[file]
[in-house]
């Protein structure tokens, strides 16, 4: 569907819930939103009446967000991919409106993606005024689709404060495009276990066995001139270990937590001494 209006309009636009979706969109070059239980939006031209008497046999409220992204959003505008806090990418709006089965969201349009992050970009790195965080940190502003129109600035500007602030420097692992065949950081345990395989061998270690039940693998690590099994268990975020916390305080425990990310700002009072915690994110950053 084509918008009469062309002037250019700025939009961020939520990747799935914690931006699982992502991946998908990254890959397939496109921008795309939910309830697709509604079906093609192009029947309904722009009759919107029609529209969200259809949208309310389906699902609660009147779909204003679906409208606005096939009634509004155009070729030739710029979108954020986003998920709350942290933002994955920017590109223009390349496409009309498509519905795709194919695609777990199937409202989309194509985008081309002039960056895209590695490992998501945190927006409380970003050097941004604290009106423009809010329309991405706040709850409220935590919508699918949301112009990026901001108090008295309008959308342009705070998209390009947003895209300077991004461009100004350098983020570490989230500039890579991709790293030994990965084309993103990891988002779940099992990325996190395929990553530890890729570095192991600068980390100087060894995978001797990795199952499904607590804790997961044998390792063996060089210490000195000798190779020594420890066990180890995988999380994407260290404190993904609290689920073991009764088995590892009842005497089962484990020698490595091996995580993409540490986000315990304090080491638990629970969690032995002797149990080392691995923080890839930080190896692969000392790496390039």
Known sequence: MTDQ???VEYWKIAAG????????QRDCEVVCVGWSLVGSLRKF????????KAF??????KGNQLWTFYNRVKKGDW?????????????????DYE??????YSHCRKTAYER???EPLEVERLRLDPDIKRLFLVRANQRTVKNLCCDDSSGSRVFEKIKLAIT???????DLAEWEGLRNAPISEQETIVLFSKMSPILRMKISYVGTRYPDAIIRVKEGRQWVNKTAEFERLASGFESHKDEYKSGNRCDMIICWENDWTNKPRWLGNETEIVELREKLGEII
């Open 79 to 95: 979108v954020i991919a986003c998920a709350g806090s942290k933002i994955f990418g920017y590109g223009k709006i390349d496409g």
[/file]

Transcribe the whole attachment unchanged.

[in-house]
């Protein structure tokens, strides 16, 4: 569907819930939103009446967000991919409106993606005024689709404060495009276990066995001139270990937590001494 209006309009636009979706969109070059239980939006031209008497046999409220992204959003505008806090990418709006089965969201349009992050970009790195965080940190502003129109600035500007602030420097692992065949950081345990395989061998270690039940693998690590099994268990975020916390305080425990990310700002009072915690994110950053 084509918008009469062309002037250019700025939009961020939520990747799935914690931006699982992502991946998908990254890959397939496109921008795309939910309830697709509604079906093609192009029947309904722009009759919107029609529209969200259809949208309310389906699902609660009147779909204003679906409208606005096939009634509004155009070729030739710029979108954020986003998920709350942290933002994955920017590109223009390349496409009309498509519905795709194919695609777990199937409202989309194509985008081309002039960056895209590695490992998501945190927006409380970003050097941004604290009106423009809010329309991405706040709850409220935590919508699918949301112009990026901001108090008295309008959308342009705070998209390009947003895209300077991004461009100004350098983020570490989230500039890579991709790293030994990965084309993103990891988002779940099992990325996190395929990553530890890729570095192991600068980390100087060894995978001797990795199952499904607590804790997961044998390792063996060089210490000195000798190779020594420890066990180890995988999380994407260290404190993904609290689920073991009764088995590892009842005497089962484990020698490595091996995580993409540490986000315990304090080491638990629970969690032995002797149990080392691995923080890839930080190896692969000392790496390039």
Known sequence: MTDQ???VEYWKIAAG????????QRDCEVVCVGWSLVGSLRKF????????KAF??????KGNQLWTFYNRVKKGDW?????????????????DYE??????YSHCRKTAYER???EPLEVERLRLDPDIKRLFLVRANQRTVKNLCCDDSSGSRVFEKIKLAIT???????DLAEWEGLRNAPISEQETIVLFSKMSPILRMKISYVGTRYPDAIIRVKEGRQWVNKTAEFERLASGFESHKDEYKSGNRCDMIICWENDWTNKPRWLGNETEIVELREKLGEII
């Open 79 to 95: 979108v954020i991919a986003c998920a709350g806090s942290k933002i994955f990418g920017y590109g223009k709006i390349d496409g």